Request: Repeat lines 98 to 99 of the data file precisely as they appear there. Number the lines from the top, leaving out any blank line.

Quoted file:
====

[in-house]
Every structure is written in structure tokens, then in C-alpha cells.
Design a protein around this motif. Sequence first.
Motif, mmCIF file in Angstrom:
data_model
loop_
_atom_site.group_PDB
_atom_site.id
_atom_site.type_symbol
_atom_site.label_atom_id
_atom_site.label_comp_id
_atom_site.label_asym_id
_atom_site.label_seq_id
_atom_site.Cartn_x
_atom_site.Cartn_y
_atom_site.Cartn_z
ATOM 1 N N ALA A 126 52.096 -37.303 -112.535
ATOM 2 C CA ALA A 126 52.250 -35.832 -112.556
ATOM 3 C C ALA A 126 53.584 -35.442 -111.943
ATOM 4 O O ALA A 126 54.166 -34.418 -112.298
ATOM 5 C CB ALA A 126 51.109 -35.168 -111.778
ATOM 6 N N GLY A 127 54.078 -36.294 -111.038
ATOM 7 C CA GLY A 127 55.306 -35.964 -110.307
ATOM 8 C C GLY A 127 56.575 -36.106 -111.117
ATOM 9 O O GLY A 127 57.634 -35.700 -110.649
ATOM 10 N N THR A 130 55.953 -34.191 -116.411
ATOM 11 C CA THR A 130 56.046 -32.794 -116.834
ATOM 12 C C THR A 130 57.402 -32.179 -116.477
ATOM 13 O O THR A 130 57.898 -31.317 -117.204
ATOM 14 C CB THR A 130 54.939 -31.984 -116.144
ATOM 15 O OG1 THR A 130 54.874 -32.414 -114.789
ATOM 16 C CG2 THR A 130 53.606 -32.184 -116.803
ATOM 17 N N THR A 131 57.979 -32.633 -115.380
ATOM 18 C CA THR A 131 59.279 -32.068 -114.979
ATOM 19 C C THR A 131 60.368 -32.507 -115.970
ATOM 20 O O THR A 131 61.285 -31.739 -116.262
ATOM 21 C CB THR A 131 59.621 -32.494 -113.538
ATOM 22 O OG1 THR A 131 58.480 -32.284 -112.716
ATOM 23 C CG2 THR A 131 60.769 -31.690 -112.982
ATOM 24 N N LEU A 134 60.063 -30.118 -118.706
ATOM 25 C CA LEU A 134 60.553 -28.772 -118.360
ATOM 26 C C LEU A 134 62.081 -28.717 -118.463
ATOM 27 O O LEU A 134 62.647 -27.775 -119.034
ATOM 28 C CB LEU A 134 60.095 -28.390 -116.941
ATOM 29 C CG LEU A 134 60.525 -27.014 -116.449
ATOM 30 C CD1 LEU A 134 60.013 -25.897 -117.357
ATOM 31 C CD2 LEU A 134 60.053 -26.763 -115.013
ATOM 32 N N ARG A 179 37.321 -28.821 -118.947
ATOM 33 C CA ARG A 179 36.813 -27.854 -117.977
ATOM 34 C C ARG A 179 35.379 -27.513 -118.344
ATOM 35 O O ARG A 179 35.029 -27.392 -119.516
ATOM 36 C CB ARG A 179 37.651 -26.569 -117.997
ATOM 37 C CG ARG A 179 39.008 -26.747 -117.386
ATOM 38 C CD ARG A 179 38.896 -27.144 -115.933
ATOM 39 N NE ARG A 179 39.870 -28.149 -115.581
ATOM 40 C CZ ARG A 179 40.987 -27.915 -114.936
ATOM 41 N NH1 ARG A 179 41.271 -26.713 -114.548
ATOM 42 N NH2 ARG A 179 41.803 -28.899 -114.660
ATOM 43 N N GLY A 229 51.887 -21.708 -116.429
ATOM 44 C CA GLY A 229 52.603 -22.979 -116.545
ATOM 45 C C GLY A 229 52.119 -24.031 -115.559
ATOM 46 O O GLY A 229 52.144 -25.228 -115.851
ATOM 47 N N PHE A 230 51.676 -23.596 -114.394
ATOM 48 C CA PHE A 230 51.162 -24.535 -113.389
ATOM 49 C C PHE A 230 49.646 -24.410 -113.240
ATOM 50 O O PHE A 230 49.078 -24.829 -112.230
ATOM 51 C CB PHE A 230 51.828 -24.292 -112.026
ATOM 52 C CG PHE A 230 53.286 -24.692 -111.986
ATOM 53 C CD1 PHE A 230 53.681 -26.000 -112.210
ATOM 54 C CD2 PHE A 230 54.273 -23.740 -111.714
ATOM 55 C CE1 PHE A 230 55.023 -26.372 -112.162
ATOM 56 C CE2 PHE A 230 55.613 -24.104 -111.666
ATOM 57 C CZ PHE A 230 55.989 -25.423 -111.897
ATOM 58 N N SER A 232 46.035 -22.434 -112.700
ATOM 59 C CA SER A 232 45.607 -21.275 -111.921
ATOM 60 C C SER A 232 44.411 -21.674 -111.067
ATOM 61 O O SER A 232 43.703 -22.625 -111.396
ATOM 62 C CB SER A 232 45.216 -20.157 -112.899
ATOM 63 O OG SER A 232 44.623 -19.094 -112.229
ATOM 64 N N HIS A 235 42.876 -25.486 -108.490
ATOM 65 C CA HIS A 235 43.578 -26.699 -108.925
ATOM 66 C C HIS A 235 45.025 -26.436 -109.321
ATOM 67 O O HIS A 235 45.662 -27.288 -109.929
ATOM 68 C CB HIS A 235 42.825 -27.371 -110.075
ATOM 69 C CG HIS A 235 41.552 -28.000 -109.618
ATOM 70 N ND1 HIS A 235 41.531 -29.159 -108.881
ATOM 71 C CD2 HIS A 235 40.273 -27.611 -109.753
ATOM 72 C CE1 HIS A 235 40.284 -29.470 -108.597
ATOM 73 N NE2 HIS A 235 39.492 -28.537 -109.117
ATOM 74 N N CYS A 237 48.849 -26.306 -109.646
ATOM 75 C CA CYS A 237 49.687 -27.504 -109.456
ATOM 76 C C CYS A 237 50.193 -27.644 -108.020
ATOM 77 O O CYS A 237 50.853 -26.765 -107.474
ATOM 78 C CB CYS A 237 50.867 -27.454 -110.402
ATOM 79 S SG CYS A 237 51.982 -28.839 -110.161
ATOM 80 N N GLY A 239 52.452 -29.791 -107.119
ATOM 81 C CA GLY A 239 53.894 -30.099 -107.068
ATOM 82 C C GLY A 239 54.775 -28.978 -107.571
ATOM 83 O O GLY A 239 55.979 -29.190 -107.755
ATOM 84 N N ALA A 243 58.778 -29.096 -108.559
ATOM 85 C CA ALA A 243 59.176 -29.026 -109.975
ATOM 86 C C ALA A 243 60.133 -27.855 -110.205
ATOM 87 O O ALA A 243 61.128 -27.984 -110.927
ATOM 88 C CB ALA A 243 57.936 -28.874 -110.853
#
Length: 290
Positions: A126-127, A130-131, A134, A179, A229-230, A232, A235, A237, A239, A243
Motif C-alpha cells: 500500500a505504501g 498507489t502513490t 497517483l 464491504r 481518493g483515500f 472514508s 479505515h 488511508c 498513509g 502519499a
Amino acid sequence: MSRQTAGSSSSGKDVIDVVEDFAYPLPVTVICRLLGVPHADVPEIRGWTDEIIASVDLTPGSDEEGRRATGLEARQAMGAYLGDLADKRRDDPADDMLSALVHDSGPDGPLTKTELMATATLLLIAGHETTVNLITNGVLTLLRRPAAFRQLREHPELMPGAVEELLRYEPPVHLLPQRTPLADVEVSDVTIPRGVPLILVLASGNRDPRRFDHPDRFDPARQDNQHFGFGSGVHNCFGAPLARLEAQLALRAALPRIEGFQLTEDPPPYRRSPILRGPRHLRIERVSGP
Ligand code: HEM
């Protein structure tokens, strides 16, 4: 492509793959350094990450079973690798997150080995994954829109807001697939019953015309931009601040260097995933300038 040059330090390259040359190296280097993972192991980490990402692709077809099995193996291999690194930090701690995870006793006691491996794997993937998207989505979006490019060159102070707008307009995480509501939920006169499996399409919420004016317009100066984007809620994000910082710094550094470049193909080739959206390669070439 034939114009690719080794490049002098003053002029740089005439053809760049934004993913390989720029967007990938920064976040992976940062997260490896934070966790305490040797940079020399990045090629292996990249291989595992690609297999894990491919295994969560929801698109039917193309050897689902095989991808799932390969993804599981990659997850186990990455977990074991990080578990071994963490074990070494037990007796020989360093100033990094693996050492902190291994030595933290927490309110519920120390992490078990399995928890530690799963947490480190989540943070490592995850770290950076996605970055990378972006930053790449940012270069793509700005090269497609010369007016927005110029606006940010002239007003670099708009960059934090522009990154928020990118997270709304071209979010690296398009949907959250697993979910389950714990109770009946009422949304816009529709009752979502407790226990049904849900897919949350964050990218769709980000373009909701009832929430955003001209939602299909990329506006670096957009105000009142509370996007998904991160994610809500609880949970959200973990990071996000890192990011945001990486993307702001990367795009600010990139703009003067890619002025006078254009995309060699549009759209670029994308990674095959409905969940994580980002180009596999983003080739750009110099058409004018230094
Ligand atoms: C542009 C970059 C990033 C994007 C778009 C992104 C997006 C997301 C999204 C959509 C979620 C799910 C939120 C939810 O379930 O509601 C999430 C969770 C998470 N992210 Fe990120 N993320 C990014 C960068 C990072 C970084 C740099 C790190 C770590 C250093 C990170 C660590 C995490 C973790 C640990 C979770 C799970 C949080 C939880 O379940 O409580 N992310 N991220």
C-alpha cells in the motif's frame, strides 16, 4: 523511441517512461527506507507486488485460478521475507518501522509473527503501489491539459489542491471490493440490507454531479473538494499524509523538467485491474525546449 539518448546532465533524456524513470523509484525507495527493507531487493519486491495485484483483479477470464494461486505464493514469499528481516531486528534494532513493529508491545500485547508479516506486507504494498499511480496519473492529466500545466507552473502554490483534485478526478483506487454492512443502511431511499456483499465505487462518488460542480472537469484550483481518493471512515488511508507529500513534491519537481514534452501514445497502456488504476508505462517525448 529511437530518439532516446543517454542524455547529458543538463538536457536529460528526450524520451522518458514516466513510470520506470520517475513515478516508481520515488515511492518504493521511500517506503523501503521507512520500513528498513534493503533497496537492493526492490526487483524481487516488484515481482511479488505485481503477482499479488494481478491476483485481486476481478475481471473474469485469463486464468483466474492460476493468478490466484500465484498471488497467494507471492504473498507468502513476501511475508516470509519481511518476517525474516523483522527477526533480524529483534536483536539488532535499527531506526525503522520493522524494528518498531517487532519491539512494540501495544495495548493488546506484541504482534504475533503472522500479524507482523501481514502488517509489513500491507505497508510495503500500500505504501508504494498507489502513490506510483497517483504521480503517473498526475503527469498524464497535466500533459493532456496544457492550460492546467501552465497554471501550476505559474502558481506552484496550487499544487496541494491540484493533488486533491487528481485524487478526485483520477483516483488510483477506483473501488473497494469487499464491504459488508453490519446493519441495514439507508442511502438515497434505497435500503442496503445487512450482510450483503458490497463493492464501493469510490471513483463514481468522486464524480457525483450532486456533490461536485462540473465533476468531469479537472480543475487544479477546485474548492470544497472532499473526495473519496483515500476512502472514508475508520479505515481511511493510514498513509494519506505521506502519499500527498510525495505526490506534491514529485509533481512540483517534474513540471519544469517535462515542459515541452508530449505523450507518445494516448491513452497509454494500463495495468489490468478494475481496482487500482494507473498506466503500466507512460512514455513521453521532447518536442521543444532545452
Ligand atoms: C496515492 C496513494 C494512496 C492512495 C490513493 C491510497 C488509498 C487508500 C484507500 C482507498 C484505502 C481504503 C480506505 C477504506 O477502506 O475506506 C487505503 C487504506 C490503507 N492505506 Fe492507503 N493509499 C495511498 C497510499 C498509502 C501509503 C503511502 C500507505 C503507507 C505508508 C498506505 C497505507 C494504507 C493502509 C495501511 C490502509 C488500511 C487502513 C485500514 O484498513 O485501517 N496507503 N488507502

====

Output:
ATOM 82 C C GLY A 239 54.775 -28.978 -107.571
ATOM 83 O O GLY A 239 55.979 -29.190 -107.755